Python if output of a function

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I am using the following code to find repeated characters in a string

import re
S=input()

m = re.search(r'([A-Za-z0-9])\1+',S.strip())

if m:
    print(m.group(1))
else:
    print(-1)

I am not sure why "if m:" works for me and what does it do? Does it check if m exists? (which I believe it should exist anyway), does it check if the value of m is bigger than zero?

P.S: If my input string (S) has no repeated value, then print(m) gives me an error.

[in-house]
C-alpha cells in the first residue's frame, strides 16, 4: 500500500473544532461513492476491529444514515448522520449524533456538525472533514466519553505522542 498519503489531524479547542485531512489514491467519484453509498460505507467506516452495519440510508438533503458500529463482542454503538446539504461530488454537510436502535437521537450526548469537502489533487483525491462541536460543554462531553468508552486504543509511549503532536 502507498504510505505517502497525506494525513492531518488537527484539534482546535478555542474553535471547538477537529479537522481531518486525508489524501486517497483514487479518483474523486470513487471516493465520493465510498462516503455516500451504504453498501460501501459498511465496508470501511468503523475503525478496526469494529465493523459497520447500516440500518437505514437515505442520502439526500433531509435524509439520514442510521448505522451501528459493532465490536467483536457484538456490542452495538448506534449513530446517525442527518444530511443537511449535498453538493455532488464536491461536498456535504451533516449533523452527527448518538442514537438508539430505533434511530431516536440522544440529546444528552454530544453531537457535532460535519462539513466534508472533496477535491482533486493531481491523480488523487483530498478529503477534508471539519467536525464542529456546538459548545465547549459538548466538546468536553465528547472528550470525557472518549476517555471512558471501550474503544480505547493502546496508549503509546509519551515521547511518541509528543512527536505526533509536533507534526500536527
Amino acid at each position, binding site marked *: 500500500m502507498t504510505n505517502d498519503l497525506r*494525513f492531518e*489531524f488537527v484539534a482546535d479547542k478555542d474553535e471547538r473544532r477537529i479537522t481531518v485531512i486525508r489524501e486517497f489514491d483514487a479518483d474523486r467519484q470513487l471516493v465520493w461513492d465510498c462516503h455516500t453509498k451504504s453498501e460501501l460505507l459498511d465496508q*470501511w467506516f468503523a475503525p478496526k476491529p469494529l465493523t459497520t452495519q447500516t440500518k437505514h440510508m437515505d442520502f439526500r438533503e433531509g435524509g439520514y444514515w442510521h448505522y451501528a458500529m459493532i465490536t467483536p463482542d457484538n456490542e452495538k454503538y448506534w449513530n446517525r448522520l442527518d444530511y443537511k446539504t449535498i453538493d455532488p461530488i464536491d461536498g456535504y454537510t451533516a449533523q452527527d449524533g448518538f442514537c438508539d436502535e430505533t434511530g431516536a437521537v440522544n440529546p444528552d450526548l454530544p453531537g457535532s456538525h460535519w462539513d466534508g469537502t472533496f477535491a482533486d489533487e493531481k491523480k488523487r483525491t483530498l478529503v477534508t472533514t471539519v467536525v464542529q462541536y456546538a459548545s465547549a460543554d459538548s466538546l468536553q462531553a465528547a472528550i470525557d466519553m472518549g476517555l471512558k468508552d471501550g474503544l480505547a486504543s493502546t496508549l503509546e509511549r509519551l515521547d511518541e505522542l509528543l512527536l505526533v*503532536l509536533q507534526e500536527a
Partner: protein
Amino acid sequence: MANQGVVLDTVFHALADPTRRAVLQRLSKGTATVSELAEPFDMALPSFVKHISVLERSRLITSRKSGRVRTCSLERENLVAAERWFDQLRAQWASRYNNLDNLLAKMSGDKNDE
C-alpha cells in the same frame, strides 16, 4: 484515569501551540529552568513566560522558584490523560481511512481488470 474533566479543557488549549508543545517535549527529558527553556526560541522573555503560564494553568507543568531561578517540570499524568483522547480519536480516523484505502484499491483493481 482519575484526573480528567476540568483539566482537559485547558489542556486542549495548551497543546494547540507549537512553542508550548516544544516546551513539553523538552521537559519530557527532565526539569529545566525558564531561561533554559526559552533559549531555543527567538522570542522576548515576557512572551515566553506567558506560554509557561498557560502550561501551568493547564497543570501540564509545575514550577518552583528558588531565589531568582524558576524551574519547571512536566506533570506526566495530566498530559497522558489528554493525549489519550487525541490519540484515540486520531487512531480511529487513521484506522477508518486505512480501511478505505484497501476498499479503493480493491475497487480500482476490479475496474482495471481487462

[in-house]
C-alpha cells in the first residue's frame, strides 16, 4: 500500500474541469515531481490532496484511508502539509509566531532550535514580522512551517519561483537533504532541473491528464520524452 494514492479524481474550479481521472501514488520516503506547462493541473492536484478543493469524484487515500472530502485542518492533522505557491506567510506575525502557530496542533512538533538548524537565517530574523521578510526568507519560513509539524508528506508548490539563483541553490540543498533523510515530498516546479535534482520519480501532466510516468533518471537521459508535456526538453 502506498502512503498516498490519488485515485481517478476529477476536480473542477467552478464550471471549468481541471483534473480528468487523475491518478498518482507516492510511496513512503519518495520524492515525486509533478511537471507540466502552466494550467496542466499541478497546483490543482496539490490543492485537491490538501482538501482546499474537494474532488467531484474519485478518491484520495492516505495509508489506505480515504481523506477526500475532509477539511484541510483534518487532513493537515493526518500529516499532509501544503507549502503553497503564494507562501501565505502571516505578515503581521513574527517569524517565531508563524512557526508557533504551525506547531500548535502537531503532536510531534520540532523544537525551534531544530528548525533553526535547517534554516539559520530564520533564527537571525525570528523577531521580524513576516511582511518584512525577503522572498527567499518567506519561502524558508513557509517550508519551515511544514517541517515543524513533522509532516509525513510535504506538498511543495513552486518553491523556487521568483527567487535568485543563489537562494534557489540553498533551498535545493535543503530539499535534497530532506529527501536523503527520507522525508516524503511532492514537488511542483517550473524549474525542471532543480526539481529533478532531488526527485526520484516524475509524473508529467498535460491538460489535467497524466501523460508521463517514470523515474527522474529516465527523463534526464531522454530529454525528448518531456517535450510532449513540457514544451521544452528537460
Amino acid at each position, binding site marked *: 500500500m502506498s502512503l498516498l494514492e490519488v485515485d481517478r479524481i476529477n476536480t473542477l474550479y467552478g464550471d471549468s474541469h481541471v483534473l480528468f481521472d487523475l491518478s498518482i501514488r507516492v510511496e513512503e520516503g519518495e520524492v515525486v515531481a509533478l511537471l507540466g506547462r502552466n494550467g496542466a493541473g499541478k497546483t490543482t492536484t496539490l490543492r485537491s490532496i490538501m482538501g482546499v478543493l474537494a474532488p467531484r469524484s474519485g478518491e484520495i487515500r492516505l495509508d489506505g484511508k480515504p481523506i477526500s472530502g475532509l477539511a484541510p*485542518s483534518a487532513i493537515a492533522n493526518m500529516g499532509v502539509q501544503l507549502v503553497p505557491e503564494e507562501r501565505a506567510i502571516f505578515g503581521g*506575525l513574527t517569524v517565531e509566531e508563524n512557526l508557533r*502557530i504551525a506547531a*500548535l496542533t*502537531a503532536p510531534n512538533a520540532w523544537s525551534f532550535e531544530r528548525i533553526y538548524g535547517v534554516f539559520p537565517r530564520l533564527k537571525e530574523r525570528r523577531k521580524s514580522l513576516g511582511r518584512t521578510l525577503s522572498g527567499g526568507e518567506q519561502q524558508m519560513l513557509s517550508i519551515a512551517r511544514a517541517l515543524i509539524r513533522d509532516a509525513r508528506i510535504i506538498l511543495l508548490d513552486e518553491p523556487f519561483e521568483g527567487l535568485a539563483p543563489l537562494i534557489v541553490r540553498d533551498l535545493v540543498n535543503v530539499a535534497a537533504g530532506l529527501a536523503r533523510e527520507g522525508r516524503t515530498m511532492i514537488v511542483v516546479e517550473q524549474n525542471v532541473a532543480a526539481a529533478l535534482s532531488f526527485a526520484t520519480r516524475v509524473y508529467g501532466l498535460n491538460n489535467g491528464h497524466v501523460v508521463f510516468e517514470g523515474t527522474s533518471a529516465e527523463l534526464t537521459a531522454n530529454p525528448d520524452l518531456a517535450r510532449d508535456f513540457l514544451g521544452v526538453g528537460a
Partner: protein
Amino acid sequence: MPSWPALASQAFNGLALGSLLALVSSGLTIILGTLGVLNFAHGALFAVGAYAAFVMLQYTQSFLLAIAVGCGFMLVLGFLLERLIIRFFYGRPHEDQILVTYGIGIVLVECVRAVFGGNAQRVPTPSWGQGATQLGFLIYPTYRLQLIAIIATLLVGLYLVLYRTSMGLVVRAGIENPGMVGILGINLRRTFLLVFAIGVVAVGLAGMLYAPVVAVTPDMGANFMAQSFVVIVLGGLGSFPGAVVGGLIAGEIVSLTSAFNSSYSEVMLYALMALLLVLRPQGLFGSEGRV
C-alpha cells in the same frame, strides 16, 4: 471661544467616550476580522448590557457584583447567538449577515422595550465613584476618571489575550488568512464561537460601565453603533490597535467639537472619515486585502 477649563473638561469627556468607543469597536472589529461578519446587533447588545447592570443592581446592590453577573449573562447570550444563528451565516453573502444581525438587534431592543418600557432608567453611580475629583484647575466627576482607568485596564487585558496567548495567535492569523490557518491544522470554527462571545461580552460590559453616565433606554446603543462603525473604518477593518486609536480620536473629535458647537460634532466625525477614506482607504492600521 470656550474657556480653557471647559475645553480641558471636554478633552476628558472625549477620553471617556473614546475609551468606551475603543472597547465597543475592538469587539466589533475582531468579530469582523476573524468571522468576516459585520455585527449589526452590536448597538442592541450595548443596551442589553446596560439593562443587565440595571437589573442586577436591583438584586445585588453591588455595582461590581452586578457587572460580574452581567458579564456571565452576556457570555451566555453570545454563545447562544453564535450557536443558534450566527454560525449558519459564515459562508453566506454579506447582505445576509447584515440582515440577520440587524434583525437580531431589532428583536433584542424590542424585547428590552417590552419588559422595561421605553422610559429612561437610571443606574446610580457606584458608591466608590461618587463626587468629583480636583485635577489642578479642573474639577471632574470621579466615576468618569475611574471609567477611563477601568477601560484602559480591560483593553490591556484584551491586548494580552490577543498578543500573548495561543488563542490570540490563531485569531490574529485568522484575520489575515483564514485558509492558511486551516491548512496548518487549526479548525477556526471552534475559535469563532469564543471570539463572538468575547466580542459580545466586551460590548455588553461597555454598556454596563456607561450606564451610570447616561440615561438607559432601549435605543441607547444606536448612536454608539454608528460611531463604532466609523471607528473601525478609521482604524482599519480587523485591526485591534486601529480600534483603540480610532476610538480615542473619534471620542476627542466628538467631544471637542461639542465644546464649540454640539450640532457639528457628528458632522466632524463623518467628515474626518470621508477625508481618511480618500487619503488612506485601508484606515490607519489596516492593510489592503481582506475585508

1 Answers

1
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if m: evaluates the expression m and checks if its value is "truthy", that is, if bool(m) is True. If it is, the body of the if block is executed.

If the name m doesn't exist, a NameError will be produced while evaluating the expression m.

Also, if S doesn't have a repeated value (for example, it's empty), print(m) will not give you an error:

>>> S = ''  # empty
>>> import re
>>> m = re.search(r'([A-Za-z0-9])\1+',S.strip())
>>> print(m)
None  # not an error: this just indicates that the regex didn't find anything

Note that bool(None) == False.